From Grand National to Olympics, Roberton couple are ahead of race

L-r, Colin Hendrie, Lenamore (horse), Caroline Powell and Joyce Hardie with the horse rug made by Colin and Joyce for the Equestrian event in the 2012 Olympic Games in London.

L-r, Colin Hendrie, Lenamore (horse), Caroline Powell and Joyce Hardie with the horse rug made by Colin and Joyce for the Equestrian event in the 2012 Olympic Games in London.

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IT started with repairing their own horses’s rugs on a £25 sewing machine. Now Roberton horse rug makers Colin and Joyce Hendrie are supplying the Olympics.

The entrepreneurial pair, who already make rugs for the Grand National and Burghley Horse Trials, will produce 60 rugs for the games starting next week.

Joyce said: “I would never have imagined we would be doing the John Smith Grand National, watching the horses on the television with these rugs that we made ourselves. It’s just the icing on the cake to get the Olympics too – how much bigger can you get than that? All coming from a lambing shed we’ve converted at Roberton – it’s unbelievable!”

It was 15 years ago when the couple decided to repair the rugs for their two Thoroughbred horses themselves.

They bought the sewing machine and set to. Word got around and they started repairing neighbours’ and friends’ rugs.

“Then Colin said, ‘couldn’t we make our own rugs?’ We thought how will we go about doing this?” said Joyce.

So they took one apart “and off it went,” she said.

Teviot Equine Design uses only materials from British manufacturers and the Hendries started taking their wares to shows, while Colin, who used to work in racing yards, visited the yards.

At the time Joyce was working at Johnstons of Elgin in Hawick making cashmere sweaters and Colin was putting in underground water pipes for Miller Construction in Edinburgh and they were making rugs and fitting their growing business into their spare time.

“The repairs and orders for exercise rugs for racing stables were building up and we decided I should go full time and see what happened,” Joyce said.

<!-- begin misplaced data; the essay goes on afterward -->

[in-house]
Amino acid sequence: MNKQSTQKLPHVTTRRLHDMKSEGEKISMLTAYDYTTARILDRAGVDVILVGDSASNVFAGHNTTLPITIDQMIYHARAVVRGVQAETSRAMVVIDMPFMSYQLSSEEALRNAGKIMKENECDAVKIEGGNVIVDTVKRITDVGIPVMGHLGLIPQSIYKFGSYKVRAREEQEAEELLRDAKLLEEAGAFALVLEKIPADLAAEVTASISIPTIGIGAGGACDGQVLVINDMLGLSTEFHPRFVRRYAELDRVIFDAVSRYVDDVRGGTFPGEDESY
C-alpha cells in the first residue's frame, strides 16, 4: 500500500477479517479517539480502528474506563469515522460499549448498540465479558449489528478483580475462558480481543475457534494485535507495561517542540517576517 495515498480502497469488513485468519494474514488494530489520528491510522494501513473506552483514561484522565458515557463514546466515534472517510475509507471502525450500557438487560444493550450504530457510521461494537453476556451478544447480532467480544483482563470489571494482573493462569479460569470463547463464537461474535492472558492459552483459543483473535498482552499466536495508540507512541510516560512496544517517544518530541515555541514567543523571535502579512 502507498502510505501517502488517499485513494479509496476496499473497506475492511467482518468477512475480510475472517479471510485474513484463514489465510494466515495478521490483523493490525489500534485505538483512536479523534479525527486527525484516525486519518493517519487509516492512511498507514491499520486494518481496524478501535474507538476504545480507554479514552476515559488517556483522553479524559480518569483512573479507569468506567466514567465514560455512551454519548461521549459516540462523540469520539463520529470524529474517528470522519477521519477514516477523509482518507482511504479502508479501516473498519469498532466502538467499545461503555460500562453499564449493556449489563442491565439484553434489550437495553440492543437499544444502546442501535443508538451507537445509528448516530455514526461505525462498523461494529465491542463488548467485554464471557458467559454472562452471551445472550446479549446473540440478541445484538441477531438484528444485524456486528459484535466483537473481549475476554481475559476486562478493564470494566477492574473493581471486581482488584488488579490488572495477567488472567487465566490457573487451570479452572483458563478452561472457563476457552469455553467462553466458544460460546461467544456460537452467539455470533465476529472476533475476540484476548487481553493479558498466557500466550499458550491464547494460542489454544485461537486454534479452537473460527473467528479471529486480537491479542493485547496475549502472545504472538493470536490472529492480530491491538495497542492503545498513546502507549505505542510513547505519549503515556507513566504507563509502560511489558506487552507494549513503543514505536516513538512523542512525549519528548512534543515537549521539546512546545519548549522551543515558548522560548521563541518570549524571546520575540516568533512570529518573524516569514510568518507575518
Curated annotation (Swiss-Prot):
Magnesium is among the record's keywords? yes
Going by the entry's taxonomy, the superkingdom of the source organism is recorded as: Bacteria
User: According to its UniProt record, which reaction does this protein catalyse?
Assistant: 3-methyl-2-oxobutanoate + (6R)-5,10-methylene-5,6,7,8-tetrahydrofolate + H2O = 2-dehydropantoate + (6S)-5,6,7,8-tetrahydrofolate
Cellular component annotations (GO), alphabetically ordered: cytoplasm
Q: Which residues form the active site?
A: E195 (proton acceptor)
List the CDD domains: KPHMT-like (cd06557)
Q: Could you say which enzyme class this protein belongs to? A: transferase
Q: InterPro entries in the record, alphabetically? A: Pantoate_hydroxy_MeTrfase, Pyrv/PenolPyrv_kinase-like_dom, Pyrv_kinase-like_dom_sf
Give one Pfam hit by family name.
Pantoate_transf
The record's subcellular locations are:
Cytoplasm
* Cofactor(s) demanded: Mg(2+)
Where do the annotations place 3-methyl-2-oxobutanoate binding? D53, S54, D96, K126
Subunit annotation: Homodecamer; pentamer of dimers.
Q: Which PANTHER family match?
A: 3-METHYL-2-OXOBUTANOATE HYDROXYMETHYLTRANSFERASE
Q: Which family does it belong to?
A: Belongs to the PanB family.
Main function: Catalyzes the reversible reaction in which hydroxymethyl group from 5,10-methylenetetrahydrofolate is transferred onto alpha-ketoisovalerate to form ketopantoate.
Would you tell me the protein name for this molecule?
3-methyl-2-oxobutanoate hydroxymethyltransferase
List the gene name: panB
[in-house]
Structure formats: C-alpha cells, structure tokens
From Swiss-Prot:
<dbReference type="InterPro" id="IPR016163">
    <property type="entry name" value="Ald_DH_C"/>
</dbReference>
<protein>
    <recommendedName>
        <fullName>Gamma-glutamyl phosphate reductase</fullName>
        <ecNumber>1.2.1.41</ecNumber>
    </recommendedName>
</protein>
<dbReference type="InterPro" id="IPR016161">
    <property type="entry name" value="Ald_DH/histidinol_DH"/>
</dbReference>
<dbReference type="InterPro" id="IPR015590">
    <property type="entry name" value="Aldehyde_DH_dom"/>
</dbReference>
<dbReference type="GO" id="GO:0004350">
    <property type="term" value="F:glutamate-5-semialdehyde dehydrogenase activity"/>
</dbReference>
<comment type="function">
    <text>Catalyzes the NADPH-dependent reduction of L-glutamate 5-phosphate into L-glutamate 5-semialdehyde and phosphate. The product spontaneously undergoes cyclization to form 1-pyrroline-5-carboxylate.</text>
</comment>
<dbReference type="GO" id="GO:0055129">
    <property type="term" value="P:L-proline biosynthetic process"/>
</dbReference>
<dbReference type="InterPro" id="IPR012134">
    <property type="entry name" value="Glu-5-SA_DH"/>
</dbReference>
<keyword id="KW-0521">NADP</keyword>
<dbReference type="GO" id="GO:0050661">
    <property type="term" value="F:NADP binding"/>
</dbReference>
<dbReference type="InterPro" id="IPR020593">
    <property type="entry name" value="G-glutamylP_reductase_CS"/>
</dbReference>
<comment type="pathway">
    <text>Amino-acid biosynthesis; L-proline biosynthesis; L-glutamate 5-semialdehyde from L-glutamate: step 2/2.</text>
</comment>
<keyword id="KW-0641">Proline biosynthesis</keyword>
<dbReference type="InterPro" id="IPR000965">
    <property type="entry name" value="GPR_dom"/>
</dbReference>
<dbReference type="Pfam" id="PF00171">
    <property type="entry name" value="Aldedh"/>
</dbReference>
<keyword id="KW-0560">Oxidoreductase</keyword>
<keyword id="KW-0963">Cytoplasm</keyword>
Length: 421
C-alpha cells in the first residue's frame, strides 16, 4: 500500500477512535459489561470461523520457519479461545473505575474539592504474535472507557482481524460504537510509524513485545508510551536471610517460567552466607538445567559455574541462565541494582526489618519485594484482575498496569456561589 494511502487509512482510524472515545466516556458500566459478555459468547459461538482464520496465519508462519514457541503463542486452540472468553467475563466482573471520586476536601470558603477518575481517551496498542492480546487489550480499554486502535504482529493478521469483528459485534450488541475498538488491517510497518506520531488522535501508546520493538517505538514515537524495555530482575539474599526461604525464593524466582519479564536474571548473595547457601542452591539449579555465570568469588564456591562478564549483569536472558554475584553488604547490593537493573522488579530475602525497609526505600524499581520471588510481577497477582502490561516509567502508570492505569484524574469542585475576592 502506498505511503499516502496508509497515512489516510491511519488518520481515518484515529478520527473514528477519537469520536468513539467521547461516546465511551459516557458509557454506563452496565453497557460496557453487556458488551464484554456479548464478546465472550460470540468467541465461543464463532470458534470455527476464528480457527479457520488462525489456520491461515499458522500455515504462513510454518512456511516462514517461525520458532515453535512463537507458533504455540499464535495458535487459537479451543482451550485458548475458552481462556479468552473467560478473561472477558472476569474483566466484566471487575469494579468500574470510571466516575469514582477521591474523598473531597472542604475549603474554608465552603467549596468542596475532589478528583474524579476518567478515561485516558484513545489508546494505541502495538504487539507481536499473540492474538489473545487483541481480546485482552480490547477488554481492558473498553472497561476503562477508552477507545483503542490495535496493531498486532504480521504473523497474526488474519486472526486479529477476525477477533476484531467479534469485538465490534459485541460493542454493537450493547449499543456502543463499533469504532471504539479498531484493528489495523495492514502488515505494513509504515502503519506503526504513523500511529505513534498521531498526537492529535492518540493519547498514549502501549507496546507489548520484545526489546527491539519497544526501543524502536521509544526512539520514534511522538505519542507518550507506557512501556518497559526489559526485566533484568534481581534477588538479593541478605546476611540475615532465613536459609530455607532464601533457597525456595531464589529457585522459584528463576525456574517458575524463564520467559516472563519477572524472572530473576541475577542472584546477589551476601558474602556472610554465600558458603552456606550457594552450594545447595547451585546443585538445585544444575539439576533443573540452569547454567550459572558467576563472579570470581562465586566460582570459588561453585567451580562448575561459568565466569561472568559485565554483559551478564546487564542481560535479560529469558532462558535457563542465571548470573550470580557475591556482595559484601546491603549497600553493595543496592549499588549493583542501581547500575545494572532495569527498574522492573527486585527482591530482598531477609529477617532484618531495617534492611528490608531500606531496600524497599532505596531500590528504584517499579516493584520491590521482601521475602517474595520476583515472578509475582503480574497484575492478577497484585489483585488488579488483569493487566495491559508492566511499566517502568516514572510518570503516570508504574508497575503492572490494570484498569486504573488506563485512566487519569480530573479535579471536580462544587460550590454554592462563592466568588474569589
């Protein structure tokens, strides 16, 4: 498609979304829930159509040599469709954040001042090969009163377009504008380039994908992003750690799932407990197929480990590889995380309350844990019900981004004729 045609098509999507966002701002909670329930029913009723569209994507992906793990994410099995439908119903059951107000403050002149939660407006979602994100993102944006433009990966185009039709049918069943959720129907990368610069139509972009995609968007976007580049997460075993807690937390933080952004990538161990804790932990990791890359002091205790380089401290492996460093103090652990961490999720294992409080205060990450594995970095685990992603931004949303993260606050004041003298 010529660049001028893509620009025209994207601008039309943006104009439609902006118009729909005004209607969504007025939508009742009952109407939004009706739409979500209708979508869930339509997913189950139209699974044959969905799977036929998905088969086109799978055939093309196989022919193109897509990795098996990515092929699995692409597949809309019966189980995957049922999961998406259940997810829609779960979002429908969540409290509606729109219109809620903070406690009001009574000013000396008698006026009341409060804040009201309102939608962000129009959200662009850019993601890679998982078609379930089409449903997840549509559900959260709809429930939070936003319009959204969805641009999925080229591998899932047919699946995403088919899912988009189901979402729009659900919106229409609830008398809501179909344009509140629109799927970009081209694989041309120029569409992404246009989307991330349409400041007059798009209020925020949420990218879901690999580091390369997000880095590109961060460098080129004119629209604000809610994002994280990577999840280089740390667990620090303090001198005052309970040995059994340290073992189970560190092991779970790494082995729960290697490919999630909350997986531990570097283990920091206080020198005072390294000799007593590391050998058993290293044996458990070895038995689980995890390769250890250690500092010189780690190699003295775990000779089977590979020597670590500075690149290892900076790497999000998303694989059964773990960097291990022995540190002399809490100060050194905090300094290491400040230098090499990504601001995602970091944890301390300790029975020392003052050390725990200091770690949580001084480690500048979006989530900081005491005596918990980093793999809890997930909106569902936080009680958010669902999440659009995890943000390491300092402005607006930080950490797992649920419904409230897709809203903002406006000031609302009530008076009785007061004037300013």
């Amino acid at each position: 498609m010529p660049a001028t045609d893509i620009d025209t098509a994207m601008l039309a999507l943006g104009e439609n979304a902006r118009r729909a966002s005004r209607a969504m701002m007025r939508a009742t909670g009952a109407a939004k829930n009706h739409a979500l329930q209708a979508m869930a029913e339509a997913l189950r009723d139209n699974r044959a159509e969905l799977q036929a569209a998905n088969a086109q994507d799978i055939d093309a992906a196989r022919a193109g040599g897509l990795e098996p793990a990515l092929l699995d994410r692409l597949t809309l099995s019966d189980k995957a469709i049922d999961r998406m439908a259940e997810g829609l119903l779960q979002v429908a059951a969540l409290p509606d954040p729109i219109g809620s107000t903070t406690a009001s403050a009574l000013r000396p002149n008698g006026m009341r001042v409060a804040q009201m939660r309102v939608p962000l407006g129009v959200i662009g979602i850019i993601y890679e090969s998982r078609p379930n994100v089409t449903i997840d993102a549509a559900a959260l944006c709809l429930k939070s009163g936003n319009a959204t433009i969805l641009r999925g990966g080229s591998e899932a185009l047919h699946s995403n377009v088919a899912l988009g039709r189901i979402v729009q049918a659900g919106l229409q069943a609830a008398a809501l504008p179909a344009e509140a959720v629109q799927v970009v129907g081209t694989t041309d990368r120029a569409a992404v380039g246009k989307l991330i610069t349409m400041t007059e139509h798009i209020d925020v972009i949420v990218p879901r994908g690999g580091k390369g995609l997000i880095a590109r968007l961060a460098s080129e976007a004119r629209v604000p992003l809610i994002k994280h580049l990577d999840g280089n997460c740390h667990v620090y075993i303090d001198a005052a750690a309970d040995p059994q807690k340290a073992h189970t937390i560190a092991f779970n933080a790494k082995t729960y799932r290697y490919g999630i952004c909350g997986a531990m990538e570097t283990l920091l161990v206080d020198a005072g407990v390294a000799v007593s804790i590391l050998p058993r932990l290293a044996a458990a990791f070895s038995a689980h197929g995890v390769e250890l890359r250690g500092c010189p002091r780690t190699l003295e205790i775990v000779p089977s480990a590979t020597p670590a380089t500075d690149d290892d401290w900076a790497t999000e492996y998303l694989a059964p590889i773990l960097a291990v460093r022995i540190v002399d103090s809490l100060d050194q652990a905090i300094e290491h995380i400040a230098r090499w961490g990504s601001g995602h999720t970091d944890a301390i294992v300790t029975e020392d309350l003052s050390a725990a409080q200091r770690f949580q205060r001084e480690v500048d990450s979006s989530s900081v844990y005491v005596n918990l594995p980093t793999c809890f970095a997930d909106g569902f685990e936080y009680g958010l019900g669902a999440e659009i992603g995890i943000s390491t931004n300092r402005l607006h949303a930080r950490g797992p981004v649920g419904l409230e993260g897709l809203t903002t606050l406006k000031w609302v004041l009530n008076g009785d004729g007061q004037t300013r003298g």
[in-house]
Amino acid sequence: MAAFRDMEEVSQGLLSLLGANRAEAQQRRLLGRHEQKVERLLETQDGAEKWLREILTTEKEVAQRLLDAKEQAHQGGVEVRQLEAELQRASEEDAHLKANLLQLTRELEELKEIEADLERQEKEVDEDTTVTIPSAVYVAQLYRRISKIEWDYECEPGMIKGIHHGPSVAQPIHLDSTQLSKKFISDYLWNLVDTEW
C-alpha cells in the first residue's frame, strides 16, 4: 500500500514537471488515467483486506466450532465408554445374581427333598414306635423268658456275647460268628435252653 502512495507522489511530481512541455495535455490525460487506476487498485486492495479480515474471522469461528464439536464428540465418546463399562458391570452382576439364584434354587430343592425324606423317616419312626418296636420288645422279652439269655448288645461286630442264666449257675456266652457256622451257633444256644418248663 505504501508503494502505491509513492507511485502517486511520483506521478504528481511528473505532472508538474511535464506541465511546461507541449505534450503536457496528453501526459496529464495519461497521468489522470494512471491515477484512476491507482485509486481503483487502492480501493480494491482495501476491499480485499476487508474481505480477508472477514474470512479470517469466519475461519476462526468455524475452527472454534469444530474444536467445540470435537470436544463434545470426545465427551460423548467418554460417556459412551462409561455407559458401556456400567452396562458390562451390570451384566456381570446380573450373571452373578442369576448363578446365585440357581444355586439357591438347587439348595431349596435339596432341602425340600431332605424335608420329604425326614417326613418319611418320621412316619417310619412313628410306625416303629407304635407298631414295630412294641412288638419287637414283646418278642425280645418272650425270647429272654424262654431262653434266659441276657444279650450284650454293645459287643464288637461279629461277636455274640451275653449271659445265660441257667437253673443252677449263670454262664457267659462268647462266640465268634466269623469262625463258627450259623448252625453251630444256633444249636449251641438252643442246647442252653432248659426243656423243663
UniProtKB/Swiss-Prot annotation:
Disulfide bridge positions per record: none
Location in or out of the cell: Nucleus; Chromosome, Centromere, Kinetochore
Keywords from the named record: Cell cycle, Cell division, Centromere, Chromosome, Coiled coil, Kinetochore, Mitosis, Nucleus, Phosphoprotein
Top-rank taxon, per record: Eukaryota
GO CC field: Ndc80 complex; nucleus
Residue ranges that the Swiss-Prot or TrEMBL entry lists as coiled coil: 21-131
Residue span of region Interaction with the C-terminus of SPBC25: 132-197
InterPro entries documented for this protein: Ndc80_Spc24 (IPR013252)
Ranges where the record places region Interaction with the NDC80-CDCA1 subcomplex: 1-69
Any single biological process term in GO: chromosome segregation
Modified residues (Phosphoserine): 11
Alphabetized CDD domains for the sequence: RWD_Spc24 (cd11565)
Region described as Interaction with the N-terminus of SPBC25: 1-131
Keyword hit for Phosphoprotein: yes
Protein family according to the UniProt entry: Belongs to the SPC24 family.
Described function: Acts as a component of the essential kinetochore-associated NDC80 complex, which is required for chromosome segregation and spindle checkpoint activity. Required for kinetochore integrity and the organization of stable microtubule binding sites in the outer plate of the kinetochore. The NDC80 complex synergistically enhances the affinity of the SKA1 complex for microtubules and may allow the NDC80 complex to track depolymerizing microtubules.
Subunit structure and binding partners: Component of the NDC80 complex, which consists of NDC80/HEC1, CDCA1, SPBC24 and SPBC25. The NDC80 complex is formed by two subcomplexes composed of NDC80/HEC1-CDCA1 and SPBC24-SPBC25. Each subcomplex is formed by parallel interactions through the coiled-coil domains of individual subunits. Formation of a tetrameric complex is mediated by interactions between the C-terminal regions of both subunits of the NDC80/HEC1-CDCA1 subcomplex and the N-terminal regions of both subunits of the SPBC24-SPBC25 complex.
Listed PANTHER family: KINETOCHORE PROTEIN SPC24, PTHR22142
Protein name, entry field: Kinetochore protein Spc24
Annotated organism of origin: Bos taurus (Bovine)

Orders continued to grow and Joyce realised: “I couldn’t do this on my own. Colin was going down south to racing yards at the weekend and we got too busy. He said I’m going to come and join you.”

They haven’t looked back, taking on two machinists about 10 years ago to make stock for shows.

They started with outdoor rugs but couldn’t compete with the Chinese market so moved into cotton sheets, sweat rugs, paddock rugs, exercise sheets, stable rugs and others. (They now also make body protectors and rider clothing).

Next they bought an embroidery machine “and Colin went on a crash course in embroidery”, said Joyce – and that was when the call to make Burghley Horse Trials’ winning rug came.

Joyce says it’s the quality of the rug’s wool and embroidery which people like, as well as the company’s attention to detail, including their determination to make rugs that fit the horses they’re being bought for, plus the three different rug shapes.

Now the Hendries are making winning rugs for HSBC, they supply rugs all over the world for the international equestrian sport organisation, FEI, and they make the rugs for the John Smith Grand National, including the winning rugs, plus a rug for each horse in the main race which has the horse’s name embroidered on it.

Most recently they created 50 rugs for the Queen’s Jubilee – and saw them on the Royal Artillery horses on television.

They’ve also made a saddle cloth for one of the world’s greatest racehorses, Frankel.

The business sponsors Kelso-based international event rider Caroline Powell, who is to compete at the London Olympics on her horse Lenamore for her homeland New Zealand.

And Teviot Equine Design now employs six people – two machinists, a full-time embroiderer, two outworkers, and Colin and Joyce who do everything.

The Olympics contract came about after the company put in a quote and won it out of six British manufacturers.

Joyce thinks her experience working with cashmere has stood Teviot Equine Design in good stead. She said: “You would go over whatever you worked on to make sure it was 100 per cent. Our rugs are the same.”

The Hendries do find time to hack out on their two ex-racehorses – Joyce has been riding since she was a teenager and horses are in Colin’s blood too, for his grandfather was in the Royal Artillery, and as a child he learned to ride bareback.

“Colin reckons my position is better than his but his balance is better than mine!” said Joyce.

And back to business? The pair have got their sights on Ascot next – and they’d love to do winning rugs for big Rolex-sponsored races in America...